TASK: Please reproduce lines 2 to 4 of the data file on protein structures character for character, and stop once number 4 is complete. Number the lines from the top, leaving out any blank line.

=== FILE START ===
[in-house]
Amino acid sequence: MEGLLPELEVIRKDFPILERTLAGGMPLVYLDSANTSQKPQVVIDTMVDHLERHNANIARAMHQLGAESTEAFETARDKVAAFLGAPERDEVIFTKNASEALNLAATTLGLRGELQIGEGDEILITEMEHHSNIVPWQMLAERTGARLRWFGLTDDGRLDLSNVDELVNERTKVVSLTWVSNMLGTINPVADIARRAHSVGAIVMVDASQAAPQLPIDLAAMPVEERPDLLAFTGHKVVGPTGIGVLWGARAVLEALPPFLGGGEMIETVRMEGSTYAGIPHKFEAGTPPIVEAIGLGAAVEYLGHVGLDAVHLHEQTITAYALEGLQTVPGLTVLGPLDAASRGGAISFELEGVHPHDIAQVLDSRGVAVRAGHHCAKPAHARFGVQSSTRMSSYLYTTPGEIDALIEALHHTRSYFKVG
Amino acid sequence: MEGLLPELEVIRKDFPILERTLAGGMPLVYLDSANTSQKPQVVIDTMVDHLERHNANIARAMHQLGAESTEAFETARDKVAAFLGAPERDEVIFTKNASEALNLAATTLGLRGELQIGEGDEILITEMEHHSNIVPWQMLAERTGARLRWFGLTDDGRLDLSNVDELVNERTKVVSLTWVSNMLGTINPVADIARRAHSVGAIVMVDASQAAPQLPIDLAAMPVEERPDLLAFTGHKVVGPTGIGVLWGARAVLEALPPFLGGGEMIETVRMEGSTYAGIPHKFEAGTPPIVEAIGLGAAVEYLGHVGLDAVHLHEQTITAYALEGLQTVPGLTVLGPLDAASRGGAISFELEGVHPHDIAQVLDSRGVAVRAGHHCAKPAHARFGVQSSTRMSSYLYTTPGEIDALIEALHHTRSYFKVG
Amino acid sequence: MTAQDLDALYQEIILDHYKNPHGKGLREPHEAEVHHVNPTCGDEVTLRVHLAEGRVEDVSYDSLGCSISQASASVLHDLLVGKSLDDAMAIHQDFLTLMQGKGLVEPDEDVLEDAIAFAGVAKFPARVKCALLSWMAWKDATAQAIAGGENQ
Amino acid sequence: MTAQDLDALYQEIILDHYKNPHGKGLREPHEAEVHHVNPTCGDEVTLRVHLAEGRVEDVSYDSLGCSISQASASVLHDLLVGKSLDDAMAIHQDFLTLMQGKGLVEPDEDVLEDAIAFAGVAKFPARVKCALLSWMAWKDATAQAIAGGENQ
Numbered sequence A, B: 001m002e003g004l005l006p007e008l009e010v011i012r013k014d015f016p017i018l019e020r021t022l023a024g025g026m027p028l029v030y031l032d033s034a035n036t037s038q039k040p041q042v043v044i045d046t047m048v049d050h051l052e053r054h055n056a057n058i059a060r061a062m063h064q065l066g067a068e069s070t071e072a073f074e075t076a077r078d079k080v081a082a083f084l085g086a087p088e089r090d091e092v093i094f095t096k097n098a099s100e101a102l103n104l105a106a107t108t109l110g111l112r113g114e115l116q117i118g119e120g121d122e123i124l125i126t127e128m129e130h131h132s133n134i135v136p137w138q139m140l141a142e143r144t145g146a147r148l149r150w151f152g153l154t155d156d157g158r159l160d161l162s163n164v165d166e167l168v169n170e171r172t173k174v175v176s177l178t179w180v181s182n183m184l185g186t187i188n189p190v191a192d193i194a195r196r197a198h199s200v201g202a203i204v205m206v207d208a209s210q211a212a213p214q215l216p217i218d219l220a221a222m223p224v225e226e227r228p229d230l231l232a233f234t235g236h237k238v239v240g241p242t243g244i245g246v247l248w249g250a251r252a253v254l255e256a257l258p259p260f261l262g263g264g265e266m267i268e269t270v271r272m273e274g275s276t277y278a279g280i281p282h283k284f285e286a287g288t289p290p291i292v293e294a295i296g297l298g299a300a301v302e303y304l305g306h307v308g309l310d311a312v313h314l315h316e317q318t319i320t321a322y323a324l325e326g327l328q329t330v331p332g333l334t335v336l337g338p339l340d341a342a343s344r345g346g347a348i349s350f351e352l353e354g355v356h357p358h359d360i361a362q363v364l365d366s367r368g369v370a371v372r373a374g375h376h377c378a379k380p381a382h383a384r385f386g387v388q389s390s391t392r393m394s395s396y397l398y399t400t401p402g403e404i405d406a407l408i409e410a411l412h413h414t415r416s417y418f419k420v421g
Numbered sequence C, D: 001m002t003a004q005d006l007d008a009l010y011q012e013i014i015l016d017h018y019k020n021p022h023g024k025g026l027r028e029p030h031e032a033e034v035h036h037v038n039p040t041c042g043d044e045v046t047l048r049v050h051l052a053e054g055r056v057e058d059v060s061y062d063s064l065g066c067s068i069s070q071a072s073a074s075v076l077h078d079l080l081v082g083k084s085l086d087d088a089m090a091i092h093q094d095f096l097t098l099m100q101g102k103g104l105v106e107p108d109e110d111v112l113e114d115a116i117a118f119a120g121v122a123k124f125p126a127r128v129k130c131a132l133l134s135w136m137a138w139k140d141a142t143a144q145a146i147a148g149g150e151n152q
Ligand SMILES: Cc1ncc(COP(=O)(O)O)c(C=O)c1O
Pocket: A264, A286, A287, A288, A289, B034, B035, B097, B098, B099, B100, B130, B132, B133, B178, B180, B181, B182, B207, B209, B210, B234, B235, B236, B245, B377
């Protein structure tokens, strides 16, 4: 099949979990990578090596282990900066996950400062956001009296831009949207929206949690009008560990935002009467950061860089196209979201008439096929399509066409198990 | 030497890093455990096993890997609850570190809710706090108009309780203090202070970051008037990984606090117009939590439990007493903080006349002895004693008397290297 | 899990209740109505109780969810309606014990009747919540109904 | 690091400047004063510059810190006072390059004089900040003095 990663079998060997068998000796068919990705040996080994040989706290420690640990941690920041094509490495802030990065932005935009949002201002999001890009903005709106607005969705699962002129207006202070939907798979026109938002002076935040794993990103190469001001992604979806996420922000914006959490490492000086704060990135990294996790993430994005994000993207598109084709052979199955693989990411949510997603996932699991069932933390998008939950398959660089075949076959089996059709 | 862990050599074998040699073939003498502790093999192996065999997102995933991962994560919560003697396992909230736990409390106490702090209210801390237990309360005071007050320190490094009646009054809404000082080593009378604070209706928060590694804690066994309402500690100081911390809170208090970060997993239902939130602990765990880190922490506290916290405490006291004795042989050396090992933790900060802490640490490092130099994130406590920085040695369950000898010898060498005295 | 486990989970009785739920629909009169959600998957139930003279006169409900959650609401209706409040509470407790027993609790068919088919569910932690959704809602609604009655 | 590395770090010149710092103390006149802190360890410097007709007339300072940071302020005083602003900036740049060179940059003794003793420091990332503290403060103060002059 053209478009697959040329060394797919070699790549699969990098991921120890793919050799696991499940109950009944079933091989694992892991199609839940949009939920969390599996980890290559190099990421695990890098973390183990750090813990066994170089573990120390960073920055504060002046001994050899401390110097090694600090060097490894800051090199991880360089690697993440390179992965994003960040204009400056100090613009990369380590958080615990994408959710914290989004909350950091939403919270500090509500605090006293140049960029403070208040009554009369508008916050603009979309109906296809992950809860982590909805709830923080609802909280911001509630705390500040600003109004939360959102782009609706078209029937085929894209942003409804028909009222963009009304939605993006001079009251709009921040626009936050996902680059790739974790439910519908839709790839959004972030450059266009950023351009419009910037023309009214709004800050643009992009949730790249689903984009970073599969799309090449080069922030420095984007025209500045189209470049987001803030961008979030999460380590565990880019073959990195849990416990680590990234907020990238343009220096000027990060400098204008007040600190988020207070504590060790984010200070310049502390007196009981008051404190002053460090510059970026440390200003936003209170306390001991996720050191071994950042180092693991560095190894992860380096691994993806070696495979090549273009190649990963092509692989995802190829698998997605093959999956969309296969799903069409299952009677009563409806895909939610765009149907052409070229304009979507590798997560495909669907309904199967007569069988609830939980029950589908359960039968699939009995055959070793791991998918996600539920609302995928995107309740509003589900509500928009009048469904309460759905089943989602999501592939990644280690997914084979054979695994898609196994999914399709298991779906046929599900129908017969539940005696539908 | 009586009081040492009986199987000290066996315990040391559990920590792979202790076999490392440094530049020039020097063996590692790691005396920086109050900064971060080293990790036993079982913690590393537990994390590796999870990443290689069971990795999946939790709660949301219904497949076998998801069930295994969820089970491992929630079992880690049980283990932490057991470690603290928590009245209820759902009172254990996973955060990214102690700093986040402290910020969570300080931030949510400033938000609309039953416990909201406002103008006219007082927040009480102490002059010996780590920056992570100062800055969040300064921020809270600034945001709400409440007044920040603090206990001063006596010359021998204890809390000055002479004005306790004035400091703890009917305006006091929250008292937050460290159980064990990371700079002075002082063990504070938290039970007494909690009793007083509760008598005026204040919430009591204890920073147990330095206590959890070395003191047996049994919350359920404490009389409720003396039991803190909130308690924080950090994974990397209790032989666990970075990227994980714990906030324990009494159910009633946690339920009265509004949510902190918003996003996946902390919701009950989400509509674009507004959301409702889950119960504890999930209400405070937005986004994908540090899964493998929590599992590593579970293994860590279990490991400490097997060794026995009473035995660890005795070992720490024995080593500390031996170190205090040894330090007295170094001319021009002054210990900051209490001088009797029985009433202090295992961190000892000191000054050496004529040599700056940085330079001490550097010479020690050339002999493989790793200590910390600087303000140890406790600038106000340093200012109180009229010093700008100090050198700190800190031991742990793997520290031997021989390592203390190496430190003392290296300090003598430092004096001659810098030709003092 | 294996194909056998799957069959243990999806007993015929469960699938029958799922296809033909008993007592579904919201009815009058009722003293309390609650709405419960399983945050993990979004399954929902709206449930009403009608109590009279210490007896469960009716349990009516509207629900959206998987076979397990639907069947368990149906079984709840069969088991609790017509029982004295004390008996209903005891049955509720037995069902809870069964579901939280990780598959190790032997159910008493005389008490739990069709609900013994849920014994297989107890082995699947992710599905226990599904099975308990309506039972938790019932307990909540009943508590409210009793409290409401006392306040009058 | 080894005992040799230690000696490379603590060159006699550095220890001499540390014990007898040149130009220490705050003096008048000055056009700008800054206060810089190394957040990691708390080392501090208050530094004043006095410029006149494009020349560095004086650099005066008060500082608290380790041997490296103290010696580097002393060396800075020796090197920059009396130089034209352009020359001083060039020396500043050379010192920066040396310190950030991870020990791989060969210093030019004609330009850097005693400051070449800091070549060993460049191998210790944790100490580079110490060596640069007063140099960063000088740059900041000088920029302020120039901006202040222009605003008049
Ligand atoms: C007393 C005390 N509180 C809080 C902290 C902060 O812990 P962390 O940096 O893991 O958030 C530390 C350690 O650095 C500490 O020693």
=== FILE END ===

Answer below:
Amino acid sequence: MEGLLPELEVIRKDFPILERTLAGGMPLVYLDSANTSQKPQVVIDTMVDHLERHNANIARAMHQLGAESTEAFETARDKVAAFLGAPERDEVIFTKNASEALNLAATTLGLRGELQIGEGDEILITEMEHHSNIVPWQMLAERTGARLRWFGLTDDGRLDLSNVDELVNERTKVVSLTWVSNMLGTINPVADIARRAHSVGAIVMVDASQAAPQLPIDLAAMPVEERPDLLAFTGHKVVGPTGIGVLWGARAVLEALPPFLGGGEMIETVRMEGSTYAGIPHKFEAGTPPIVEAIGLGAAVEYLGHVGLDAVHLHEQTITAYALEGLQTVPGLTVLGPLDAASRGGAISFELEGVHPHDIAQVLDSRGVAVRAGHHCAKPAHARFGVQSSTRMSSYLYTTPGEIDALIEALHHTRSYFKVG
Amino acid sequence: MEGLLPELEVIRKDFPILERTLAGGMPLVYLDSANTSQKPQVVIDTMVDHLERHNANIARAMHQLGAESTEAFETARDKVAAFLGAPERDEVIFTKNASEALNLAATTLGLRGELQIGEGDEILITEMEHHSNIVPWQMLAERTGARLRWFGLTDDGRLDLSNVDELVNERTKVVSLTWVSNMLGTINPVADIARRAHSVGAIVMVDASQAAPQLPIDLAAMPVEERPDLLAFTGHKVVGPTGIGVLWGARAVLEALPPFLGGGEMIETVRMEGSTYAGIPHKFEAGTPPIVEAIGLGAAVEYLGHVGLDAVHLHEQTITAYALEGLQTVPGLTVLGPLDAASRGGAISFELEGVHPHDIAQVLDSRGVAVRAGHHCAKPAHARFGVQSSTRMSSYLYTTPGEIDALIEALHHTRSYFKVG
Amino acid sequence: MTAQDLDALYQEIILDHYKNPHGKGLREPHEAEVHHVNPTCGDEVTLRVHLAEGRVEDVSYDSLGCSISQASASVLHDLLVGKSLDDAMAIHQDFLTLMQGKGLVEPDEDVLEDAIAFAGVAKFPARVKCALLSWMAWKDATAQAIAGGENQ